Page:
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Diplomats move at UN and in Geneva to put Syrian chemical weapons under international control

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Key international players were moving on two diplomatic fronts Wednesday to try to put Syria's chemical weapons under international control, and a fresh effort appeared to be underway to get the government and opposition to peace talks.

The five veto-wielding members of the Security Council, who have been deeply divided over Syria, met late Wednesday to discuss what to include in a new resolution requiring that Syria's chemical weapons stockpile be secured and dismantled. They later left Russia's U.N. mission without commenting.

At the same time, U.S. Secretary of State John Kerry and Russian Foreign Minister Sergey Lavrov were heading to Geneva with teams of experts for broader-ranging talks Thursday about the nuts and bolts of putting Syria's chemical weapons under international control and destroying them, diplomats said.

The U.N.-Arab League envoy for Syria, Lakhdar Brahimi, was also heading to Geneva to be available to meet Kerry and Lavrov, whose efforts to start peace talks to end the 2 1/2-year Syrian conflict have been stymied by a government offensive and a deadly suspected poison gas attack on Aug. 21.

The diplomatic flurry follows the threat of U.S. strikes against President Bashar Assad's regime and a surprise offer from Kerry that Syria could avert U.S. military action by turning over "every single bit of his chemical weapons" to international control within a week. Russia, Syria's most important ally, and Assad's government quickly agreed on the broad proposal, but details still need to be worked out.

In an opinion piece for The New York Times, Russian President Vladimir Putin called for caution in dealing with Syria, saying that a potential strike by the U.S. would create more victims and could spread the conflict beyond Syria and unleash a wave of terrorism.

A senior U.N. diplomat, speaking on condition of anonymity because contacts have been private, said Thursday's meeting between Kerry and Lavrov will be an exploratory session to gauge whether they can embark on "the herculean task" of dismantling Syria's chemical weapons while the country is at war.

While serious differences have already emerged — especially on whether a U.N. resolution should be militarily enforceable as the U.S. and its Western allies are demanding — the diplomatic moves represent the first major effort in more than a year to try to get supporters of the Syrian government and opposition on the same page.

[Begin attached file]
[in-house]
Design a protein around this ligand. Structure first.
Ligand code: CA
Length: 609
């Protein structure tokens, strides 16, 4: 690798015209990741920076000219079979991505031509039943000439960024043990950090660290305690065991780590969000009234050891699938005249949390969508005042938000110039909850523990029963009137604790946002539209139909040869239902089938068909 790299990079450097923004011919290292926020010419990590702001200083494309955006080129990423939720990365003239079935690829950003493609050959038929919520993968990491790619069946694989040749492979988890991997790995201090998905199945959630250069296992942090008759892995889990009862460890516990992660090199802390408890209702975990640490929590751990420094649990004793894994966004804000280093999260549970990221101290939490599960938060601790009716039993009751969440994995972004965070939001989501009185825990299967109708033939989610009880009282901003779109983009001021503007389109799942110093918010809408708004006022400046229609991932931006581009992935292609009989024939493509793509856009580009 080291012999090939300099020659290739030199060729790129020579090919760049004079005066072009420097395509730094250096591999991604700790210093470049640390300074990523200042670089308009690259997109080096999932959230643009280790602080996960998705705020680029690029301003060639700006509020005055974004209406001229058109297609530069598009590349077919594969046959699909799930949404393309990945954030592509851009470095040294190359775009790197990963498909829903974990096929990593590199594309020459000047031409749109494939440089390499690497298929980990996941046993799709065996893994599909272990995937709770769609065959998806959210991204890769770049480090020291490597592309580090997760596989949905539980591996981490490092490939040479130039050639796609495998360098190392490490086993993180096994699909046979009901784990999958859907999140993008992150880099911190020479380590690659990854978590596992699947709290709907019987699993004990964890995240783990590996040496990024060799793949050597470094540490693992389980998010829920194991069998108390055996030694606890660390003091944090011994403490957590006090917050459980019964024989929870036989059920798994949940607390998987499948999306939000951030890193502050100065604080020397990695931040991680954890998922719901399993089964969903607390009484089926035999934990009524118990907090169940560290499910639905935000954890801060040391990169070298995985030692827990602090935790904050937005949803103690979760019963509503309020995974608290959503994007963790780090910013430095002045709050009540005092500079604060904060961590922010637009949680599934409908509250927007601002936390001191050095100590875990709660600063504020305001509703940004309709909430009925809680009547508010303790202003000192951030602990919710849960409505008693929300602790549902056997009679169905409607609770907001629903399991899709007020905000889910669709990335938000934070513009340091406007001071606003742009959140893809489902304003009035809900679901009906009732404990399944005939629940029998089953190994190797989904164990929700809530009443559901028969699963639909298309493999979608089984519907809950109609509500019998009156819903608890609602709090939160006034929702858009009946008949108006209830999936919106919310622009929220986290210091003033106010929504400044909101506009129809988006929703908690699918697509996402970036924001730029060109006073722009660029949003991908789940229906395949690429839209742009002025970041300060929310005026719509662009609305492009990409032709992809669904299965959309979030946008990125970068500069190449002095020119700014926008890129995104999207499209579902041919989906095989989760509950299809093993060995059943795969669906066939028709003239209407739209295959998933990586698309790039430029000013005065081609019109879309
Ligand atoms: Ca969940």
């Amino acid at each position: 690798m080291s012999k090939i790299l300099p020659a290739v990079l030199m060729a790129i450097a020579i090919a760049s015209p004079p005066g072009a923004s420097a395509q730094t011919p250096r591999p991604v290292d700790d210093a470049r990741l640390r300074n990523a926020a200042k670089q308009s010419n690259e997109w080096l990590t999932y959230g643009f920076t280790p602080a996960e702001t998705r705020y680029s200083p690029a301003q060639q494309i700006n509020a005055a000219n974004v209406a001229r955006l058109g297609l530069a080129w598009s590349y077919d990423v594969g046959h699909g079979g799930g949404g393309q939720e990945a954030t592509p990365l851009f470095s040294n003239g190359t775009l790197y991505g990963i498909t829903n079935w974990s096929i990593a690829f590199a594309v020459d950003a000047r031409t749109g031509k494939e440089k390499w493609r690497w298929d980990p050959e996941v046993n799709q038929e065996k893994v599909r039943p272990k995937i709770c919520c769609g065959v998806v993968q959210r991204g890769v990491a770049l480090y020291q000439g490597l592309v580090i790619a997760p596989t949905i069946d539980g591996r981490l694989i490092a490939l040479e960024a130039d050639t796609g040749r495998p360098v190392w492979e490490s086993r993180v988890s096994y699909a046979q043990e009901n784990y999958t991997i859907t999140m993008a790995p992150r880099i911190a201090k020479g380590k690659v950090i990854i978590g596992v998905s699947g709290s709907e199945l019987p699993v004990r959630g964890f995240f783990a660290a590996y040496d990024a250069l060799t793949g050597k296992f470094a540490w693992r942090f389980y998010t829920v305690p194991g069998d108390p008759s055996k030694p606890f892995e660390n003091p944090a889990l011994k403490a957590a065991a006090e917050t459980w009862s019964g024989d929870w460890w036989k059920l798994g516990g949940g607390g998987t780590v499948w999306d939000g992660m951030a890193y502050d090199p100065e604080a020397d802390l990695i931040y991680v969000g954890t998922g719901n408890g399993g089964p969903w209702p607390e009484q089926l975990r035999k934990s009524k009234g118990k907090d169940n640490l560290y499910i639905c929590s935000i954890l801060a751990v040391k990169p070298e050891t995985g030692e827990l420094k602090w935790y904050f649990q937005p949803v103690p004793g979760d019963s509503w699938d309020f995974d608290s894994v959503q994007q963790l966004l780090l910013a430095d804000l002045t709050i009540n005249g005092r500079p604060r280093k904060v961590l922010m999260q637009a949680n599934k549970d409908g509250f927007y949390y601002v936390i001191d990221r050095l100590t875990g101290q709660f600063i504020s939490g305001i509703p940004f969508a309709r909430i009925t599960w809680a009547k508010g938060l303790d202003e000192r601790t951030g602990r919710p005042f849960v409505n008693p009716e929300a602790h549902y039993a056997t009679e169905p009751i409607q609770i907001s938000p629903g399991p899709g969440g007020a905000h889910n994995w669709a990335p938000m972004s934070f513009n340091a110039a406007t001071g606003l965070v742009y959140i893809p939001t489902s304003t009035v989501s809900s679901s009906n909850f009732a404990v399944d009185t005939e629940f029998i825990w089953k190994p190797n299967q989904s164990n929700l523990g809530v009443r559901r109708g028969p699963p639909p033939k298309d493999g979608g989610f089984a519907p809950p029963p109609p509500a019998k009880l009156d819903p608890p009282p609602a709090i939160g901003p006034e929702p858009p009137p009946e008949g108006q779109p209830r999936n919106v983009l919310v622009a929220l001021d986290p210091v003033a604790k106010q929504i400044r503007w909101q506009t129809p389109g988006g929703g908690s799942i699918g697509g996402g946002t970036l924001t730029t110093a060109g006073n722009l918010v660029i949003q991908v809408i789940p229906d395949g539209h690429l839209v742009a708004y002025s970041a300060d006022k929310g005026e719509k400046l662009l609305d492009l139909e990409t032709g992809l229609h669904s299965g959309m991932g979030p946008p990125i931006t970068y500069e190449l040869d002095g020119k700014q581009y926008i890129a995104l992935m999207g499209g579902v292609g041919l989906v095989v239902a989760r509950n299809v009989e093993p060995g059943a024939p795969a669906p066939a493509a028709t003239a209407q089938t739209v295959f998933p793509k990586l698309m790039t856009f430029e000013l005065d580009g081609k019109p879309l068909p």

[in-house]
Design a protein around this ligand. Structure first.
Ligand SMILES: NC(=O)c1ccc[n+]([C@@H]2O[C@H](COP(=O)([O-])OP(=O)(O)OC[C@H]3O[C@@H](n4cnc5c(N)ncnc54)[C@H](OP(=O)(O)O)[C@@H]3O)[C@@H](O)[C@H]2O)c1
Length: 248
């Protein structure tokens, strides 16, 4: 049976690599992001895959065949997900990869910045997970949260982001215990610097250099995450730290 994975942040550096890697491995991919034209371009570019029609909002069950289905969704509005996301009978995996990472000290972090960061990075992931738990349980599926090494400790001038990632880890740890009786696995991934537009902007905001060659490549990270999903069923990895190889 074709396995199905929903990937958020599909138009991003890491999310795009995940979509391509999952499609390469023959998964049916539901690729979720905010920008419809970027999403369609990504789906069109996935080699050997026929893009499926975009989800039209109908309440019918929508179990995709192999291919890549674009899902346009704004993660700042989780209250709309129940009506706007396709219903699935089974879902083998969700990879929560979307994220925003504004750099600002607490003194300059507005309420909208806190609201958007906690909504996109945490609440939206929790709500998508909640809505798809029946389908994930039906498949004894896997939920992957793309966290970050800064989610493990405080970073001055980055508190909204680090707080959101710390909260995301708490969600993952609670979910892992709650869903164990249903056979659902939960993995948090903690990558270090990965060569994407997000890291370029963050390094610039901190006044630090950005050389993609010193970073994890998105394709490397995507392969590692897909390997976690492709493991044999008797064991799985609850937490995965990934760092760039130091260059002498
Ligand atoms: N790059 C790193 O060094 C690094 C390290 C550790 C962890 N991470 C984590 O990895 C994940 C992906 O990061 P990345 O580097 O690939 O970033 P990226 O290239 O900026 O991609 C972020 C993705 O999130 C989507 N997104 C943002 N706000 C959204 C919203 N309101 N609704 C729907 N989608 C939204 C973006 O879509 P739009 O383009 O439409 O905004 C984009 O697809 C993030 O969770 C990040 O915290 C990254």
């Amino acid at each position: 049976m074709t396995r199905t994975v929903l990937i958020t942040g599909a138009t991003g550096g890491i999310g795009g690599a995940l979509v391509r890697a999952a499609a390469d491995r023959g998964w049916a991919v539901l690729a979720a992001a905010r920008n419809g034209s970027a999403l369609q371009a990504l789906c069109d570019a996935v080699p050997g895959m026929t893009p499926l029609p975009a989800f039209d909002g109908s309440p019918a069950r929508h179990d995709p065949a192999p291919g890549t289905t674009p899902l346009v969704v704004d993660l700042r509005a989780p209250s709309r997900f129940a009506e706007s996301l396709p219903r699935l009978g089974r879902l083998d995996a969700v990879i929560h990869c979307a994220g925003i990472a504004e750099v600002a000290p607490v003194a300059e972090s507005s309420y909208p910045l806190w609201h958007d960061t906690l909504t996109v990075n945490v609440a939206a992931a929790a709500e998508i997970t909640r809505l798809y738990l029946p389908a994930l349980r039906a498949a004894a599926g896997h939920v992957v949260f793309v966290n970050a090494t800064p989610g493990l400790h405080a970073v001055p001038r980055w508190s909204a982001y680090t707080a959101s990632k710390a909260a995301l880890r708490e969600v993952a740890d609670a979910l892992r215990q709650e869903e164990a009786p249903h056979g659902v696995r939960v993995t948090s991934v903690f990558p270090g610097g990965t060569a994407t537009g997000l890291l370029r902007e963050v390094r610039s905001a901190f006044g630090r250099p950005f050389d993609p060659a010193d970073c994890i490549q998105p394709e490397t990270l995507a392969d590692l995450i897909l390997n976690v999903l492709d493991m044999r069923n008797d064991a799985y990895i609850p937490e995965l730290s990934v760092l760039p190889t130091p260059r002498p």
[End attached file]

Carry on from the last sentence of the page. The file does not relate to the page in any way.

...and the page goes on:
Russia and China have vetoed three Western-backed resolutions aimed at pressuring Assad to end the conflict, which has left the U.N.'s most powerful body paralyzed as the war escalates and the death toll surpasses 100,000. U.N. Secretary-General Ban Ki-moon earlier this week called the council's paralysis embarrassing.

"What the secretary-general has been pressing for is the Security Council to come to a united decision," U.N. associate spokesman Farhan Haq said Wednesday. "It's crucially important at this late stage of the war that they come together and take some action that can prevent both the problems regarding the use of chemical weapons and the wider problem of solving this conflict."

The White House said Wednesday it is not putting a timeline on a diplomatic resolution to the crisis in Syria, though Press Secretary Jay Carney said putting Syria's chemical weapons under international control, "obviously will take some time."

France has proposed a draft resolution that demands Syria's chemical weapons be put under international control and dismantled. It also condemns the Aug. 21 chemical attack the Obama administration says killed 1,400 people and calls for the perpetrators to be sent to the International Criminal Court for prosecution. Submitted under Chapter 7 of the U.N. charter, which makes it enforceable militarily, it warns of "very serious consequences" if Syria does not comply.

Lavrov immediately rejected any resolution under Chapter 7 and proposed a weaker presidential statement instead, a move rejected by the U.S., Britain and France.

A French official close to President Francois Hollande said Russia objected not only to making the resolution militarily enforceable, but also to blaming the alleged chemical attack on the Syrian government and demanding that those responsible be taken before the International Criminal Court, the world's permanent war crimes tribunal.

Lavrov said Moscow had already handed over to the U.S. its plan for putting Syria's chemical arsenal under international control, according to comments carried by the Inter-fax news agency. He gave no details, but said he would discuss the proposal with Kerry on Thursday.

State Department spokeswoman Jen Psaki said Wednesday that Kerry is also scheduled to meet Brahimi, the U.N.-Arab League envoy, and Lavrov was expected to do so as well, U.N. officials said.

Luxembourg Foreign Minister Jean Asselborn, whose country is currently on the Security Council, told Germany's Deutschlandfunk radio that he expects the report from the chemical weapons inspectors who investigated the Aug. 21 attack next Monday. The U.N.'s Haq said he could not confirm the date for the report which will address whether chemical weapons were used — not who was responsible.

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Associate Press writers Albert Aji in Damascus, Syria, Sylvie Corbet and Lori Hinnant in Paris, David Rising in Berlin, Vladimir Isachenkov and Jim Heintz in Moscow, Zeina Karam and Ryan Lucas in Beirut and Matthew Lee in Washington.

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